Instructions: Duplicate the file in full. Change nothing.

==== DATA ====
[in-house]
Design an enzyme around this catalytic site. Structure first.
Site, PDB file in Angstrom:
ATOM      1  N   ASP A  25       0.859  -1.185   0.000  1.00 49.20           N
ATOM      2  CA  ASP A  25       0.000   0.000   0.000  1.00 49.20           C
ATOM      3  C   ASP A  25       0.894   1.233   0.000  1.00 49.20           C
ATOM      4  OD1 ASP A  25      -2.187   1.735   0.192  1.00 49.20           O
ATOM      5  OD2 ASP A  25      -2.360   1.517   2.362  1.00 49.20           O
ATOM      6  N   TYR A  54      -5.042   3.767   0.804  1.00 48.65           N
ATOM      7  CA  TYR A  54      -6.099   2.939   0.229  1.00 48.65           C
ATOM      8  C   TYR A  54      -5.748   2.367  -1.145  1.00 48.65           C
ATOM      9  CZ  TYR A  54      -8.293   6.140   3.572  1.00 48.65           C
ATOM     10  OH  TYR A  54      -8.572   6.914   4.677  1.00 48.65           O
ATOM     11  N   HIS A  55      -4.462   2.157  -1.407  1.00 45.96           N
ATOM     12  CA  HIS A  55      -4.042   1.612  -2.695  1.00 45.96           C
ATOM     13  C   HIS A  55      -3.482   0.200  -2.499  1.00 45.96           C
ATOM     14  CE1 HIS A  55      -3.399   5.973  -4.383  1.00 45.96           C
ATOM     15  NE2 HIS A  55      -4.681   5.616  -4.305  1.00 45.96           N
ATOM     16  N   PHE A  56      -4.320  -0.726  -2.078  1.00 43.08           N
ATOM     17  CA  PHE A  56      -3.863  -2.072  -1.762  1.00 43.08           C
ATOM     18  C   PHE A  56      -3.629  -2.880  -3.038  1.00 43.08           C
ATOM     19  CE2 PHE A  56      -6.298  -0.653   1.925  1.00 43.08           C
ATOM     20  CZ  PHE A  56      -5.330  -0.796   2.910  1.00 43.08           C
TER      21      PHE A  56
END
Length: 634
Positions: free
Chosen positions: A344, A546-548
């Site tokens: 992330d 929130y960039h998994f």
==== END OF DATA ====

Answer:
[in-house]
Design an enzyme around this catalytic site. Structure first.
Site, PDB file in Angstrom:
ATOM      1  N   ASP A  25       0.859  -1.185   0.000  1.00 49.20           N
ATOM      2  CA  ASP A  25       0.000   0.000   0.000  1.00 49.20           C
ATOM      3  C   ASP A  25       0.894   1.233   0.000  1.00 49.20           C
ATOM      4  OD1 ASP A  25      -2.187   1.735   0.192  1.00 49.20           O
ATOM      5  OD2 ASP A  25      -2.360   1.517   2.362  1.00 49.20           O
ATOM      6  N   TYR A  54      -5.042   3.767   0.804  1.00 48.65           N
ATOM      7  CA  TYR A  54      -6.099   2.939   0.229  1.00 48.65           C
ATOM      8  C   TYR A  54      -5.748   2.367  -1.145  1.00 48.65           C
ATOM      9  CZ  TYR A  54      -8.293   6.140   3.572  1.00 48.65           C
ATOM     10  OH  TYR A  54      -8.572   6.914   4.677  1.00 48.65           O
ATOM     11  N   HIS A  55      -4.462   2.157  -1.407  1.00 45.96           N
ATOM     12  CA  HIS A  55      -4.042   1.612  -2.695  1.00 45.96           C
ATOM     13  C   HIS A  55      -3.482   0.200  -2.499  1.00 45.96           C
ATOM     14  CE1 HIS A  55      -3.399   5.973  -4.383  1.00 45.96           C
ATOM     15  NE2 HIS A  55      -4.681   5.616  -4.305  1.00 45.96           N
ATOM     16  N   PHE A  56      -4.320  -0.726  -2.078  1.00 43.08           N
ATOM     17  CA  PHE A  56      -3.863  -2.072  -1.762  1.00 43.08           C
ATOM     18  C   PHE A  56      -3.629  -2.880  -3.038  1.00 43.08           C
ATOM     19  CE2 PHE A  56      -6.298  -0.653   1.925  1.00 43.08           C
ATOM     20  CZ  PHE A  56      -5.330  -0.796   2.910  1.00 43.08           C
TER      21      PHE A  56
END
Length: 634
Positions: free
Chosen positions: A344, A546-548
């Site tokens: 992330d 929130y960039h998994f």